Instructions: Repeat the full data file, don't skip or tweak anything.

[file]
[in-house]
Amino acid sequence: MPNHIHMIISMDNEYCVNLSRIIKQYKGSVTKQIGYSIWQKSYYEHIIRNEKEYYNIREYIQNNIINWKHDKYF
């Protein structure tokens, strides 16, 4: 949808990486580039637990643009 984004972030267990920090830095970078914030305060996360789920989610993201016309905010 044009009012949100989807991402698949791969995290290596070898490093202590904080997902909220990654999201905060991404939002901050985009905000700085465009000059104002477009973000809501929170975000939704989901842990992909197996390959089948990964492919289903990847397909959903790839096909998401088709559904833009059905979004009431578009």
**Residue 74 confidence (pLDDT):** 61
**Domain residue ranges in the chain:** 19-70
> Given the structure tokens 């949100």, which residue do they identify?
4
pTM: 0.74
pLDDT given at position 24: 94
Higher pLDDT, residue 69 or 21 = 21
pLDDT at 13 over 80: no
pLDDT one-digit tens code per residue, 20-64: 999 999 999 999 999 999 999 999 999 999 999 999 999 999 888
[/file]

[in-house]
Amino acid sequence: MPNHIHMIISMDNEYCVNLSRIIKQYKGSVTKQIGYSIWQKSYYEHIIRNEKEYYNIREYIQNNIINWKHDKYF
């Protein structure tokens, strides 16, 4: 949808990486580039637990643009 984004972030267990920090830095970078914030305060996360789920989610993201016309905010 044009009012949100989807991402698949791969995290290596070898490093202590904080997902909220990654999201905060991404939002901050985009905000700085465009000059104002477009973000809501929170975000939704989901842990992909197996390959089948990964492919289903990847397909959903790839096909998401088709559904833009059905979004009431578009």
**Residue 74 confidence (pLDDT):** 61
**Domain residue ranges in the chain:** 19-70
> Given the structure tokens 């949100």, which residue do they identify?
4
pTM: 0.74
pLDDT given at position 24: 94
Higher pLDDT, residue 69 or 21 = 21
pLDDT at 13 over 80: no
pLDDT one-digit tens code per residue, 20-64: 999 999 999 999 999 999 999 999 999 999 999 999 999 999 888